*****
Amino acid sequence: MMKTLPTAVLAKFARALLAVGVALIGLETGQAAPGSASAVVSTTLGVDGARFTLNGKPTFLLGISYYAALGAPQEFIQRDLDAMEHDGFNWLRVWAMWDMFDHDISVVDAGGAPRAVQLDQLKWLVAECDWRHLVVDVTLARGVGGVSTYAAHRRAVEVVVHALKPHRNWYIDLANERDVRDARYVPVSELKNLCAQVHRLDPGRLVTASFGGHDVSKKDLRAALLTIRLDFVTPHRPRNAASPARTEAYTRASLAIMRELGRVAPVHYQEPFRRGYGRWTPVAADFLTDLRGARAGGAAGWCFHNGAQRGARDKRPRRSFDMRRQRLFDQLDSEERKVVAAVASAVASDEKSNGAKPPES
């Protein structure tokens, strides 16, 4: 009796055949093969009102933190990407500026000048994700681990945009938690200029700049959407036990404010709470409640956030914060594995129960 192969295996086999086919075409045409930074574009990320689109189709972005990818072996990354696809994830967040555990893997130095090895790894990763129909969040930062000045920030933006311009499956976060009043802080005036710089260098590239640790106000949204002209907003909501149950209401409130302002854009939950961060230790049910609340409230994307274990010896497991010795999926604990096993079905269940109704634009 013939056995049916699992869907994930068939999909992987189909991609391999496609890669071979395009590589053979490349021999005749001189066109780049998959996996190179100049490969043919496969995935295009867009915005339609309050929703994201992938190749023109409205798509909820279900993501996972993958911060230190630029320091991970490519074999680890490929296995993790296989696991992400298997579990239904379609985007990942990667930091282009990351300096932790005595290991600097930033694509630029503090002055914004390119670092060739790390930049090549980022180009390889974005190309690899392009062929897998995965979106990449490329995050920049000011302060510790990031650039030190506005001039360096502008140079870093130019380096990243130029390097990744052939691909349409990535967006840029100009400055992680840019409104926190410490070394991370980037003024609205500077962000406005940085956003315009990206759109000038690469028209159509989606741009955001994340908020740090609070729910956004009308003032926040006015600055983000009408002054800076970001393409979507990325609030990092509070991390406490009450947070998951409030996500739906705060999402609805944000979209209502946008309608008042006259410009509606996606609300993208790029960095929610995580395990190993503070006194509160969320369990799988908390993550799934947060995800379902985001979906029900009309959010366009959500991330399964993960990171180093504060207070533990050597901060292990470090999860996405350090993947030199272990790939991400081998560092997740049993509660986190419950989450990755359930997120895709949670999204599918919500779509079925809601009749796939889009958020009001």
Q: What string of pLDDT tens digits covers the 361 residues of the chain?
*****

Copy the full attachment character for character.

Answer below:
Amino acid sequence: MMKTLPTAVLAKFARALLAVGVALIGLETGQAAPGSASAVVSTTLGVDGARFTLNGKPTFLLGISYYAALGAPQEFIQRDLDAMEHDGFNWLRVWAMWDMFDHDISVVDAGGAPRAVQLDQLKWLVAECDWRHLVVDVTLARGVGGVSTYAAHRRAVEVVVHALKPHRNWYIDLANERDVRDARYVPVSELKNLCAQVHRLDPGRLVTASFGGHDVSKKDLRAALLTIRLDFVTPHRPRNAASPARTEAYTRASLAIMRELGRVAPVHYQEPFRRGYGRWTPVAADFLTDLRGARAGGAAGWCFHNGAQRGARDKRPRRSFDMRRQRLFDQLDSEERKVVAAVASAVASDEKSNGAKPPES
């Protein structure tokens, strides 16, 4: 009796055949093969009102933190990407500026000048994700681990945009938690200029700049959407036990404010709470409640956030914060594995129960 192969295996086999086919075409045409930074574009990320689109189709972005990818072996990354696809994830967040555990893997130095090895790894990763129909969040930062000045920030933006311009499956976060009043802080005036710089260098590239640790106000949204002209907003909501149950209401409130302002854009939950961060230790049910609340409230994307274990010896497991010795999926604990096993079905269940109704634009 013939056995049916699992869907994930068939999909992987189909991609391999496609890669071979395009590589053979490349021999005749001189066109780049998959996996190179100049490969043919496969995935295009867009915005339609309050929703994201992938190749023109409205798509909820279900993501996972993958911060230190630029320091991970490519074999680890490929296995993790296989696991992400298997579990239904379609985007990942990667930091282009990351300096932790005595290991600097930033694509630029503090002055914004390119670092060739790390930049090549980022180009390889974005190309690899392009062929897998995965979106990449490329995050920049000011302060510790990031650039030190506005001039360096502008140079870093130019380096990243130029390097990744052939691909349409990535967006840029100009400055992680840019409104926190410490070394991370980037003024609205500077962000406005940085956003315009990206759109000038690469028209159509989606741009955001994340908020740090609070729910956004009308003032926040006015600055983000009408002054800076970001393409979507990325609030990092509070991390406490009450947070998951409030996500739906705060999402609805944000979209209502946008309608008042006259410009509606996606609300993208790029960095929610995580395990190993503070006194509160969320369990799988908390993550799934947060995800379902985001979906029900009309959010366009959500991330399964993960990171180093504060207070533990050597901060292990470090999860996405350090993947030199272990790939991400081998560092997740049993509660986190419950989450990755359930997120895709949670999204599918919500779509079925809601009749796939889009958020009001």
Q: What string of pLDDT tens digits covers the 361 residues of the chain?